Whole-Drive Fill

This test starts with a freshly-erased drive and fills it with 128kB sequential writes at queue depth 32, recording the write speed for each 1GB segment. This test is not representative of any ordinary client/consumer usage pattern, but it does allow us to observe transitions in the drive's behavior as it fills up. This can allow us to estimate the size of any SLC write cache, and get a sense for how much performance remains on the rare occasions where real-world usage keeps writing data after filling the cache.

The SLC write cache on the 1TB ADATA SU750 is quite large, lasting for about 345GB of sequential writes before performance drops down to QLC-like speeds. In both phases, the performance is very consistent, and the transition when the SLC cache fills up is abrupt.

Sustained 128kB Sequential Write (Power Efficiency)
Average Throughput for last 16 GB Overall Average Throughput

The post-cache write speed of the SU750 is actually even slower than the QLC-based Samsung 860 QVO, but the much larger cache on the SU750 means its overall average write speed across the entire drive filling process is slightly faster.

Working Set Size

When DRAMless SSDs are under consideration, it can be instructive to look at how performance is affected by working set size: how large a portion of the drive is being touched by the test. Drives with full-sized DRAM caches are typically able to maintain about the same random read performance whether reading from a narrow slice of the drive or reading from the whole thing. DRAMless SSDs often show a clear dropoff when the working set size grows too large for the mapping information to be kept in the controller's small on-chip buffers.

The QD1 random read performance of the SU750 is fairly low regardless of the working set size. There's no clear indication of performance being affected by the size of the controller's caches for mapping information. Even when the random reads are confined to a mere 1GB slice of the drive, performance is no better than when reading from the entire drive. The Intel 660p is the only drive in this bunch that does show a clear performance drop, caused by it having a 256MB DRAM cache instead of the more typical 1GB for a 1TB drive.

Introduction AnandTech Storage Bench - The Destroyer
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  • brucethemoose - Friday, December 6, 2019 - link

    Depends how much you write. An HDD is great stone cold or hot bulk data, but I'd trust a big, cheapo SSD more for my "lukewarm" stuff, where I'm reading it every once in awhile, but not writing enough to wear the QLC out. Reply
  • flyingpants265 - Friday, December 6, 2019 - link

    For stuff I actually don't want to lose, which is not that much (200gb or so), I have it on SSD, HDD, and another offline HDD which is unplugged. Reply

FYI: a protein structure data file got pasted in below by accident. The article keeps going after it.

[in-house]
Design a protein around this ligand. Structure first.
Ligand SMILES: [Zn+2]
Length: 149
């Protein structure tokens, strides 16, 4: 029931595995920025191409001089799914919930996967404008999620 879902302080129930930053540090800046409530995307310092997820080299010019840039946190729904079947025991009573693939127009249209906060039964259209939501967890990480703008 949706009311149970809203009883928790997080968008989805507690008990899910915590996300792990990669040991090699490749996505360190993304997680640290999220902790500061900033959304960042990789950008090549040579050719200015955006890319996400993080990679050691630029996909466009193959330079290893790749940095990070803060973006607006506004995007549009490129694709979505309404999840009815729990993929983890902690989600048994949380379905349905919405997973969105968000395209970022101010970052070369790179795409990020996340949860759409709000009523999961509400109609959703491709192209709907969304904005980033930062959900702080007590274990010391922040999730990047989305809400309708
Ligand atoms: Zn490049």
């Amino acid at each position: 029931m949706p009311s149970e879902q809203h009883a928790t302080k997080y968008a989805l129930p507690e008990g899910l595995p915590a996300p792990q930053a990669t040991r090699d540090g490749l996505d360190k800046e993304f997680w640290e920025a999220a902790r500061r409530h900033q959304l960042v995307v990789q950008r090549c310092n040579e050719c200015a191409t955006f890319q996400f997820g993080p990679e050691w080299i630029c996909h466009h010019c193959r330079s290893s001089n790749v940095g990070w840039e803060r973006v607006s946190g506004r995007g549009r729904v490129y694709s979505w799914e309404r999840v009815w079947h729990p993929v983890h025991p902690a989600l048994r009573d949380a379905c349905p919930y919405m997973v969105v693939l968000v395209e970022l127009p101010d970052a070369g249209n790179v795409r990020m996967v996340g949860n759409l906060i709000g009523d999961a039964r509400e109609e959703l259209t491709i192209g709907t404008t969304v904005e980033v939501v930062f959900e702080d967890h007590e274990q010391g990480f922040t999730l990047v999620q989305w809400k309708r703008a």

• TheinsanegamerN - Sunday, December 8, 2019 - link

    Your average SSD user will reach the TBW rating in 56 years of daily use. "lifespan" isnt an issue. If you ARE regularly writing terrabytes of data, the sheer speed difference of a SSD will save you truckloads of time/money.

    HDDs suck outside of niche massive file allocation.
    Reply
  • FunBunny2 - Sunday, December 8, 2019 - link

    "HDDs suck outside of niche massive file allocation. "

    and data stability.
    Reply
  • extide - Friday, December 6, 2019 - link

    Samsung 860 QVO 4TB Reply
  • flyingpants265 - Friday, December 6, 2019 - link

    Not a bad idea, but I couldn't justify $300+ for a 4TB SSD.

    I think my ideal setup right now is still 1TB nvme+a few hard drives..
    Reply
  • romrunning - Friday, December 6, 2019 - link

    The Crucial MX500 2TB goes for $206-220 on Amazon. It's also a decent performer. Reply
  • PaulHoule - Friday, December 6, 2019 - link

    I get depressed reading reviews of DRAMless SSDs. It seems like some vendors won't stop until they make an SSD which performs worse than an HDD.

    In general I don't agree with the rankings that Anand and other review sites give for SSDs. I don't particularly care about median performance, but I do care about performance at the 90%, 99%, etc. level -- because that is what causes your computer to freeze up for 10 seconds here or there.

    Often reviewers pick out a drive that has good 50% performance, but for just a few dollars more you can get something with much better tail latency, for instance I have been happy with some Intel SSDs I've bought. If an "Intel Inside" sticker meant that a machine had an Intel SSD that would be impressive, but Intel has been damaging its brand with Atom, Celeron and things like that. They ought to take a cue from American car makers who regularly retire the names of the bad compact cars they make like Chevette, Gremlin, Neon, Cavalier, etc...
    Reply
  • extide - Friday, December 6, 2019 - link

    Yeah, I think Allyn at PCPer did the best SSD reviews tbh. He captures all of that 'last percent drop off' stuff you are talking about really well. Reply
  • Joahua - Saturday, December 7, 2019 - link

    What is the use of Dram in ssd?

    Can i install dram less ssd for boot drive
    Reply

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